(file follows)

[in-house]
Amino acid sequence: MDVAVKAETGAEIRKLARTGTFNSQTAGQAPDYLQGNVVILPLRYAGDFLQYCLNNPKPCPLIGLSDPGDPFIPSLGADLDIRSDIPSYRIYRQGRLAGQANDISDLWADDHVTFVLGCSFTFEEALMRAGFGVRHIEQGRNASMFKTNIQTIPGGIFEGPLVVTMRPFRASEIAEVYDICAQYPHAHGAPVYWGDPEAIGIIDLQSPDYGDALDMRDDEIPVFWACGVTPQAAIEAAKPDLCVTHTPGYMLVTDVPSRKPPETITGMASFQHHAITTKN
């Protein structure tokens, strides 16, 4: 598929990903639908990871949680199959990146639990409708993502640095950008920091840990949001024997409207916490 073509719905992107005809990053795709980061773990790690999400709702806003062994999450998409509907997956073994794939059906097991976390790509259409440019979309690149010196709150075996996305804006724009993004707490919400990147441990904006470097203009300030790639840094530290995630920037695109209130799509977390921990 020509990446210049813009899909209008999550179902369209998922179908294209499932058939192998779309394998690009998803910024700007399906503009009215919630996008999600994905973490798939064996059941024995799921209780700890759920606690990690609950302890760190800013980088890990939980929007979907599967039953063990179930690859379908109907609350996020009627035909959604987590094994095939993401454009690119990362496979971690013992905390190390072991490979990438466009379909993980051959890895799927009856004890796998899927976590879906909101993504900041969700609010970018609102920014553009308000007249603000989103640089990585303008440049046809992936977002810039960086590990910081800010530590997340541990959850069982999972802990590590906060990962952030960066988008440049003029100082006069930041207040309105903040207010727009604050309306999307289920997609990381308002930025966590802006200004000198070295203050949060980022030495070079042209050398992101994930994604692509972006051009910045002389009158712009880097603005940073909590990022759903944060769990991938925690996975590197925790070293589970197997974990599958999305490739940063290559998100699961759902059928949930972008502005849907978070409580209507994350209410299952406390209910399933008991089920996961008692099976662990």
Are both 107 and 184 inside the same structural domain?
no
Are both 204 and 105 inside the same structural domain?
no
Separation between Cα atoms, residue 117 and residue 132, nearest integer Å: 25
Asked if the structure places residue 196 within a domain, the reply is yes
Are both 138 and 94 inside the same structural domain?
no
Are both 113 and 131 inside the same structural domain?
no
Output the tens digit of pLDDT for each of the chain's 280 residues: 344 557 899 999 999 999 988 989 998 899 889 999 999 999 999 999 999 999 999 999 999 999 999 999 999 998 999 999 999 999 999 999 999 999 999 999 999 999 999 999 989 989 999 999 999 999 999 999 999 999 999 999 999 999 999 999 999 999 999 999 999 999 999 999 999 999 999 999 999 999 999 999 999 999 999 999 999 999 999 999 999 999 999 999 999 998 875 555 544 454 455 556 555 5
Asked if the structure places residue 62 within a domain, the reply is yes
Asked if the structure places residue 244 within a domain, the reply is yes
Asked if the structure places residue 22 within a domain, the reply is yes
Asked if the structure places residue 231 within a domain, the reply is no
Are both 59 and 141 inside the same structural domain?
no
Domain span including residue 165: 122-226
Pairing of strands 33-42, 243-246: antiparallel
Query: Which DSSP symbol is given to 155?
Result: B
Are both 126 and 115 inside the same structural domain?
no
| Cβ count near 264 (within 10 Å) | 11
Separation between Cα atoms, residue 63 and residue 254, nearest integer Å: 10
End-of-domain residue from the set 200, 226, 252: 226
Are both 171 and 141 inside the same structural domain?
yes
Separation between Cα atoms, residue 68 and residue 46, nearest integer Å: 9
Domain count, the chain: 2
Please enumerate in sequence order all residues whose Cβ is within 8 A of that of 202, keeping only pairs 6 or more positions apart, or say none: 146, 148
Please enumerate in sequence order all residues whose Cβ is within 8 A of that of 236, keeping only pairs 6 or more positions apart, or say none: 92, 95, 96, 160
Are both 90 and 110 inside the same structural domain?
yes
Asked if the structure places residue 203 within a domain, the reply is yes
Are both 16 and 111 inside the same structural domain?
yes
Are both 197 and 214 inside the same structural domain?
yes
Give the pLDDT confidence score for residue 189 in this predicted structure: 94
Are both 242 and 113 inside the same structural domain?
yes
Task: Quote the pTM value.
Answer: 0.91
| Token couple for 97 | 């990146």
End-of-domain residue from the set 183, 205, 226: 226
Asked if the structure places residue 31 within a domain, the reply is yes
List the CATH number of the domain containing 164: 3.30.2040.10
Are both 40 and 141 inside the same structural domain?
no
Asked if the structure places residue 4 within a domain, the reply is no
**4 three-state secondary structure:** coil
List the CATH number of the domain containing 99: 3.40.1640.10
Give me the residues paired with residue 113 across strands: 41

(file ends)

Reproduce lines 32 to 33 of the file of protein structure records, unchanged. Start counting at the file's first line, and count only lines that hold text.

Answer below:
Separation between Cα atoms, residue 68 and residue 46, nearest integer Å: 9
Domain count, the chain: 2